I call it “plastic milk,” because non-dairy coffee creamer is just what it says: non-dairy, not milk. Non dairy coffee creamer has long been on my personal “ick” list. Why? Because it is completely made up of artificial ingredients. There isn’t a drop of “cream” in it!
It does contain milk in the form of soduim caseinate which is what the label says, “a milk derivative.” I’m sorry; something that’s listed as a milk-derivative isn’t milk!
Corn Syrup Solids, Vegetable(s) Oil Partially Hydrogenated (Coconut, Canola and/or, Palm Kernel) , Dipotassium Phosphate, Sodium Caseinate A Milk Derivative Not a source of lactose,Monoglyceride, Salt, Silicon Dioxide, Sodium Tripolyphosphate, Datem, Flavor(s) Artificial,Color(s) Artificial
To make sodium caseinate, skim milk solid proteins whey and casein have hydrochloric acid added to them to separate the whey and casein. Gee, that sounds yummy, doesn’t it?
The sweetness of the non-dairy creamer comes from corn syrup solids. We all know the story of the corn syrup these days.
Dipotassium phosphate from the EPA site:
“Mineral acids such as phosphoric acid are derived from inorganic rather than carbonized precursors. In water, these acids undergo extensive ionization forming positively charged ions (hydrogen cations) and negatively charged ions (dihydrogen phosphate anions). When the water is removed, the resulting product is a salt (potassium salt). Hence, potassium salts of phosphoric acid (also known as dipotassium phosphate) could be considered a mineral acid because it can ionize to produce hydrogen ions and anions. As a result, the findings in the Mineral Acid RED of December, 1993 could be applied to dipotassium phosphate.”
In doing research for this article, I’ve noted that much of the dipotassium phosphate available is manufactured in China and India. Noting that Wal-Mart imports much of its products from the Chinese, their Great Value brand of non-dairy coffee creamer probably has questionable ingredients. (Remember the melamine in the baby formula scandal?)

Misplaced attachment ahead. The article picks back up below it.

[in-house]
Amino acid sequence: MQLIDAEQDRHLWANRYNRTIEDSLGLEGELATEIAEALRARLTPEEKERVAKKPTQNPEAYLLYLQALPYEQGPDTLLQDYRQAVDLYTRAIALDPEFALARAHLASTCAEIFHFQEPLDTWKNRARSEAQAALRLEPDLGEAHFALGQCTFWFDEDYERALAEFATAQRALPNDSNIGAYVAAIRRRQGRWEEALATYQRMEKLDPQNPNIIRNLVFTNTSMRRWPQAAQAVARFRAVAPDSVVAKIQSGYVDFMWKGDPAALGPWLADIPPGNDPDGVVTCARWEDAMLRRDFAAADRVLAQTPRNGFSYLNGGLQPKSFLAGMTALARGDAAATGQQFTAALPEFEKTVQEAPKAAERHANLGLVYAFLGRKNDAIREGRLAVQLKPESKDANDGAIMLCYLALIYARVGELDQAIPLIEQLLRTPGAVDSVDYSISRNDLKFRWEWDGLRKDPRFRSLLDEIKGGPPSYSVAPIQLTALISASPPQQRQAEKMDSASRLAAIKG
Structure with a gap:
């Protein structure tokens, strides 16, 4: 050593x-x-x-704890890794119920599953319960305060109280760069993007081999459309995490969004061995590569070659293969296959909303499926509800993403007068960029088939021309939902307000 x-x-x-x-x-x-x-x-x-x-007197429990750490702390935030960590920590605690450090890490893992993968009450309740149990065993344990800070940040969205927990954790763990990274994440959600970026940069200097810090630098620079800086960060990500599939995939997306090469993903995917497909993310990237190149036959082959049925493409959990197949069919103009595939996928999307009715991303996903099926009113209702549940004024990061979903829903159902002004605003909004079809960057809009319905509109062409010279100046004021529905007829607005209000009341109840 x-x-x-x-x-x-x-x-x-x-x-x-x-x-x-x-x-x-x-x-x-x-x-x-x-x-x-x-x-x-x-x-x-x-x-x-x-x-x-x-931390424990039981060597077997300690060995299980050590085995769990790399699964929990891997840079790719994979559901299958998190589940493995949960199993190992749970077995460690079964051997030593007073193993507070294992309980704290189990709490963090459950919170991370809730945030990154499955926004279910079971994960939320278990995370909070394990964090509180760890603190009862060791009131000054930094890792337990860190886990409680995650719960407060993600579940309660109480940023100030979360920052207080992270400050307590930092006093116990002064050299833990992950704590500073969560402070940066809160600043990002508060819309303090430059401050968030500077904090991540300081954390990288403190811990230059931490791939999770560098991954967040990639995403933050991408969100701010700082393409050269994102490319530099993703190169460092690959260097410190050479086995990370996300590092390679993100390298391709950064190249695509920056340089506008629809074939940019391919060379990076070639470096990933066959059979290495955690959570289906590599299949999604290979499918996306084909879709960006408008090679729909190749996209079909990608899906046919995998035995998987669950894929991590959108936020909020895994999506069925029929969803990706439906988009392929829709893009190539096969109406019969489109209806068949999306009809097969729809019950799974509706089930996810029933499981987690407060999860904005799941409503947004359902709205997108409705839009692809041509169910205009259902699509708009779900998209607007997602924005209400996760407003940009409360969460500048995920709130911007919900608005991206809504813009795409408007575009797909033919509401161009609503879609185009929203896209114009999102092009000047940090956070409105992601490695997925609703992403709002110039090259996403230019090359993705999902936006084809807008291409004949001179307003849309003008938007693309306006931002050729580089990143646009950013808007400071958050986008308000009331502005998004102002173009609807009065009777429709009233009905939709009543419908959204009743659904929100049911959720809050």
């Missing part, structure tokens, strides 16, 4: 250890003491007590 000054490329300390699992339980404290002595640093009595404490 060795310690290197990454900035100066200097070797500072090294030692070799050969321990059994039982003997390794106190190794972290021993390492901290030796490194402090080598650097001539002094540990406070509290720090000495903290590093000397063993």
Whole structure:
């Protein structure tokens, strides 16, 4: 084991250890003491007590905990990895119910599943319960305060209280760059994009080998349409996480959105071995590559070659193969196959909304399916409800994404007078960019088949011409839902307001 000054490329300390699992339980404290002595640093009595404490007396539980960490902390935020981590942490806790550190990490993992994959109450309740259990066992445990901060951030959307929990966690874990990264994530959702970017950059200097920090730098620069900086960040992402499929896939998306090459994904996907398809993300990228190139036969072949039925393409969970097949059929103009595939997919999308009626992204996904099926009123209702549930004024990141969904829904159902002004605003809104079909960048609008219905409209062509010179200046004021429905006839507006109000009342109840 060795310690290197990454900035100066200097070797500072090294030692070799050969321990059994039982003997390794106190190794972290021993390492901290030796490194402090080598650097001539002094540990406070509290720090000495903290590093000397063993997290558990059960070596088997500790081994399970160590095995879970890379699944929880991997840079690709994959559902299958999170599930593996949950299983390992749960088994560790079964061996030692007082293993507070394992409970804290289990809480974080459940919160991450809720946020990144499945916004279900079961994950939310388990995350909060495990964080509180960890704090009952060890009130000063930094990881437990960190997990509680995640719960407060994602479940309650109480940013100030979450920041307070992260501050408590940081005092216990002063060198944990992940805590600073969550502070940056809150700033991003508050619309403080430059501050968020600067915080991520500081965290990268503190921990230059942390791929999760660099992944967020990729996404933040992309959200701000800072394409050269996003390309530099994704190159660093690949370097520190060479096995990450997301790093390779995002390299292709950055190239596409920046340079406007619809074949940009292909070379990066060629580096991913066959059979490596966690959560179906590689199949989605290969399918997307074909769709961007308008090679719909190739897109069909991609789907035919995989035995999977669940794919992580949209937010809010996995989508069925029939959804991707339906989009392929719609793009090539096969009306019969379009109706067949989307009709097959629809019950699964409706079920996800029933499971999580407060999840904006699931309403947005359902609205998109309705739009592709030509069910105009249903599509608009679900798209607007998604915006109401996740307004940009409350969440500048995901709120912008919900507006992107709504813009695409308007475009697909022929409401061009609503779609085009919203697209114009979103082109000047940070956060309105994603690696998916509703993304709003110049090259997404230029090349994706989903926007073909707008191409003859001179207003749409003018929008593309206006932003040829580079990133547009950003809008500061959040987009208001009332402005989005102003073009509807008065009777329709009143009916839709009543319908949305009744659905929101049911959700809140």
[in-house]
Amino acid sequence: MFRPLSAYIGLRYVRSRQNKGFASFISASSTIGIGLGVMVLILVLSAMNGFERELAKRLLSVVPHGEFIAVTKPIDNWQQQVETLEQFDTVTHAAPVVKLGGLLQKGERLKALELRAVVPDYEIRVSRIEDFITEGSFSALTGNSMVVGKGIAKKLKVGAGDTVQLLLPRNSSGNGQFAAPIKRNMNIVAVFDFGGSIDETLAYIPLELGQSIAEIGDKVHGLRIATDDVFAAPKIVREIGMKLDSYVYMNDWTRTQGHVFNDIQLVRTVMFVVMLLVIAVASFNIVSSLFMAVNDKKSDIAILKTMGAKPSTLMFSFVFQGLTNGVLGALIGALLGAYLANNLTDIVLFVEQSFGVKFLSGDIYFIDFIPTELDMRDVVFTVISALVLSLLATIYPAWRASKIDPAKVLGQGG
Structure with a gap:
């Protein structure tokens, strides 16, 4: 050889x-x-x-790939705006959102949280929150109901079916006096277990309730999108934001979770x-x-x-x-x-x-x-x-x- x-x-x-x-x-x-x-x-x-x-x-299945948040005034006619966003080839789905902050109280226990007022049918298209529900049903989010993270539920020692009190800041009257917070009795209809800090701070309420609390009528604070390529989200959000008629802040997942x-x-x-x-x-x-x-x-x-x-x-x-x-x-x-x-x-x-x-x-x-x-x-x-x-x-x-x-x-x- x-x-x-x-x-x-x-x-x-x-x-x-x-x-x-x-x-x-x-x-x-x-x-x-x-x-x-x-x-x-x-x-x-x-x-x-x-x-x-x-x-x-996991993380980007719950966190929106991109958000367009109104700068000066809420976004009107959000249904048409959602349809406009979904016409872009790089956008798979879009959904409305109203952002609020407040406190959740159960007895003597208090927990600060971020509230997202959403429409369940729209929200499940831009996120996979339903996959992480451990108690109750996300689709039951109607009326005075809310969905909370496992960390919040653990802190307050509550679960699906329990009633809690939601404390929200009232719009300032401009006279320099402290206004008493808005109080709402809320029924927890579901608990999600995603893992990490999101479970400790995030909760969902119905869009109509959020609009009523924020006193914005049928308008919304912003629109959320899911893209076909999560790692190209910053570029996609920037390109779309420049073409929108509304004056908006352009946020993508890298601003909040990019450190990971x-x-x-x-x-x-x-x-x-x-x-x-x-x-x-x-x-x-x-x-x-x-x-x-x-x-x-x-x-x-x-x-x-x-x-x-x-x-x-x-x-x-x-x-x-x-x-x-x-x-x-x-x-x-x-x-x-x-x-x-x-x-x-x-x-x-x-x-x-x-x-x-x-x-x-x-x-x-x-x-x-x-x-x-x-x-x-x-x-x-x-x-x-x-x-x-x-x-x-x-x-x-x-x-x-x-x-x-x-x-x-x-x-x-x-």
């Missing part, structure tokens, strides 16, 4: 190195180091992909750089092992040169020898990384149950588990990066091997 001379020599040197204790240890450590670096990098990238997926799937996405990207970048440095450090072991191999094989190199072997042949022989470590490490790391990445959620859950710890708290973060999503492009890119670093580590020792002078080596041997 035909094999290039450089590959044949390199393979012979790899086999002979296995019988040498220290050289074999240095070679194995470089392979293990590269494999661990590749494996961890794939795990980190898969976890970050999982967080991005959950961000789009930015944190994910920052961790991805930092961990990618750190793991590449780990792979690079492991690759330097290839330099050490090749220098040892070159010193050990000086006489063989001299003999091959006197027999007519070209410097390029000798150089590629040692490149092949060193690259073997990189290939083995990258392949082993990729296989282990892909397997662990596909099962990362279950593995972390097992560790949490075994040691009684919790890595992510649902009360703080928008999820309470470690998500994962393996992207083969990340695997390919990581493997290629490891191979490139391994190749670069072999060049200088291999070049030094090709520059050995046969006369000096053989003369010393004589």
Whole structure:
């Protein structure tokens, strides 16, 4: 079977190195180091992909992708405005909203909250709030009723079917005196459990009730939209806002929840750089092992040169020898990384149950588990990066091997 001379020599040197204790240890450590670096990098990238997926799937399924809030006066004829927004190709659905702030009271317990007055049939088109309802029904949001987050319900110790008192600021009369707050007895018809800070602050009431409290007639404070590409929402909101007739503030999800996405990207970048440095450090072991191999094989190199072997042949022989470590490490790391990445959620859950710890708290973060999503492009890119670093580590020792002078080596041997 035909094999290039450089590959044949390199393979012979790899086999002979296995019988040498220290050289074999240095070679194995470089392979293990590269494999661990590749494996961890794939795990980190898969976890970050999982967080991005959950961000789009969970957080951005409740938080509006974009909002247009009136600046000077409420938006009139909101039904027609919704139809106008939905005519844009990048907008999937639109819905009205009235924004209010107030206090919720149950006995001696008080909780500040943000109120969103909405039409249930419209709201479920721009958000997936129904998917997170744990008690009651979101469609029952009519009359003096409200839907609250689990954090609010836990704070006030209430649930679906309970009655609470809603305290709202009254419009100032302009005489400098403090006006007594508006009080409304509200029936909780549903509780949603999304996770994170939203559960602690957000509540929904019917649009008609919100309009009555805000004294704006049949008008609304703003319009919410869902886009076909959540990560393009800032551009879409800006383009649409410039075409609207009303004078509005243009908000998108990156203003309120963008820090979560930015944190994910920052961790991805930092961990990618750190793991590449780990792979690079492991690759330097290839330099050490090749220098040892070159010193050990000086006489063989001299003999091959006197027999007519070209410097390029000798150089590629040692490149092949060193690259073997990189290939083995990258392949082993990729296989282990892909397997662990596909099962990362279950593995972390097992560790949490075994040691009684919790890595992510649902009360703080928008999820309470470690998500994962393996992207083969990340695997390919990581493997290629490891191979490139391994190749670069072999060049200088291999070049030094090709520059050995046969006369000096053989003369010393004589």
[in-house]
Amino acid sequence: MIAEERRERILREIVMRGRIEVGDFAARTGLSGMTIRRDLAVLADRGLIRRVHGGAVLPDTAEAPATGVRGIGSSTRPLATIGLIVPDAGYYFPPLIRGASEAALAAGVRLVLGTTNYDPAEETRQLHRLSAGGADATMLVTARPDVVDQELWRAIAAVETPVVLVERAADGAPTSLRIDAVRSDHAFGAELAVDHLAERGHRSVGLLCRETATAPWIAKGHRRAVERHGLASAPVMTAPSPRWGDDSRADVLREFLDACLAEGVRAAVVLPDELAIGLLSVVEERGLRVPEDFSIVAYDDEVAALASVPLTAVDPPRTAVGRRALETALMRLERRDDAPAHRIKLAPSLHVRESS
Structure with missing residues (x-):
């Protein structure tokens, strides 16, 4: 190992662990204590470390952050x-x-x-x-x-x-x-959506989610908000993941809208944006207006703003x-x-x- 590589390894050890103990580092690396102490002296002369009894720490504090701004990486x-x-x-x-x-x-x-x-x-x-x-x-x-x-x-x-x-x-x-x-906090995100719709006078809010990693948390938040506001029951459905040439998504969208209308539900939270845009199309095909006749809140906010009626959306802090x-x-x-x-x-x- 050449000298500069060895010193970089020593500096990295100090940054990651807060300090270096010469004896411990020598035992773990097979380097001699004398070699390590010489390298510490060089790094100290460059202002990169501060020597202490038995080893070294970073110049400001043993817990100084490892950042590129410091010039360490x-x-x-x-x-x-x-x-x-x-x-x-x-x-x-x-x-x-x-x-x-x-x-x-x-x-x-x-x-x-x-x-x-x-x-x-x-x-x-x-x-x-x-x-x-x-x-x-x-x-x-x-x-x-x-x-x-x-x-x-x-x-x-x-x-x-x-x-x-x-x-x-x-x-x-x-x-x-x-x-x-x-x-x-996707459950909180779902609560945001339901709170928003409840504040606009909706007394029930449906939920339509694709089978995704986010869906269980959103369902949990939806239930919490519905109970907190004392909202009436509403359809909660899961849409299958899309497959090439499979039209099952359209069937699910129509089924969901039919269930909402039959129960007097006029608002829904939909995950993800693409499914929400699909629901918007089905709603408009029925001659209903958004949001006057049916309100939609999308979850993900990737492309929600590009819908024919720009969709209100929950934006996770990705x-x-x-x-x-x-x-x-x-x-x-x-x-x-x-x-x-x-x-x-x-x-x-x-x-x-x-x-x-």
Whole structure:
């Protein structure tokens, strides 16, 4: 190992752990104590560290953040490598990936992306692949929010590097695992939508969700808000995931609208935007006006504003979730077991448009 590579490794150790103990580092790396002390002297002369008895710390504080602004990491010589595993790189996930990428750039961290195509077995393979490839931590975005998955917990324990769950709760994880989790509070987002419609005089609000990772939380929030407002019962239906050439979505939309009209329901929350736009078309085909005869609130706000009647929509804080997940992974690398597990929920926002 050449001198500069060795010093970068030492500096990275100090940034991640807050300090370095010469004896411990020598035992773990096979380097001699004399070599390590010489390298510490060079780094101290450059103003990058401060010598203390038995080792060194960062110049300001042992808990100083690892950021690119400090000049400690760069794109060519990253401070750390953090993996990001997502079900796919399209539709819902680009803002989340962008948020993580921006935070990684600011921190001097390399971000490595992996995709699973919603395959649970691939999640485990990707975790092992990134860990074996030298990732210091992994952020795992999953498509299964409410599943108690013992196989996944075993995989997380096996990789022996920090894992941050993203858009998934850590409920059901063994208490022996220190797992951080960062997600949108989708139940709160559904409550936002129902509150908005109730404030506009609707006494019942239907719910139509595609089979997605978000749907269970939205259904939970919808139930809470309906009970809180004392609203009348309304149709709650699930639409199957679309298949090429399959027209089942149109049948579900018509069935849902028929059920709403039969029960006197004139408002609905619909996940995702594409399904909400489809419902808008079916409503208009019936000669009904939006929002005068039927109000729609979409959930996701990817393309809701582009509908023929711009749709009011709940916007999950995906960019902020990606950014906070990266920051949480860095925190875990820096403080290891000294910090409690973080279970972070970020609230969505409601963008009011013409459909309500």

Mono and diglycerides are emulsifiers made from fatty acids, usually palm oil. Mono and diglycerides are really cleverly disguised trans fats. The label to the left, you’ll note, has no trans fats. That’s because trans fats only have to be labeled when they come from triglycerides. Triglycerides are the main constituents of vegetable oils and animal fats. Triglycerides have lower densities than water (they float on water), and at normal room temperatures may be solid or liquid. Many labels which say “zero trans fats” are not because of the other ingredients. In this case, the mono and digylcerides from fatty acids and palm oil, not a trans fat free product. Read labels!
Silicon dioxide occurs naturally in most plant-based foods. Silicon dioxide food safety is of prime concern especially when it is used as an additive. When added as an anti-caking agent to a food product is not safe when the quantity is more than 2 percent of the food’s weight. More specifically, for SiO2 (silicon dioxide) to be safe, it should be made by a process known as vapor phase hydrolysis. If it is manufactured by any other process, then the recommended particle size of SiO2 should not exceed the safety norms. Again, in noting the possible Chinese connection for this ingredient, I’m very skeptical.
Soduim stearoyl lactylate is also used as an emulsifier in food. In this particular product, non-dairy creamer, it may also be added to add sweetness, prevent product breakdown, as a fat replacer and as a foaming agent to give the appearance of cream foam.
Soy lethicin is actually a waste product from the processing of soy oil. Hexane, an industrial solvent and degreaser, is commonly used in manufacture of this product and all oil seed food items. Hexane is a neurotoxic petrochemical solvent.
Last on the list are artificial flavors and artificial color. Why do you want to add more mystery chemicals to your diet? ICK!
I’ll take my coffee black, thanks!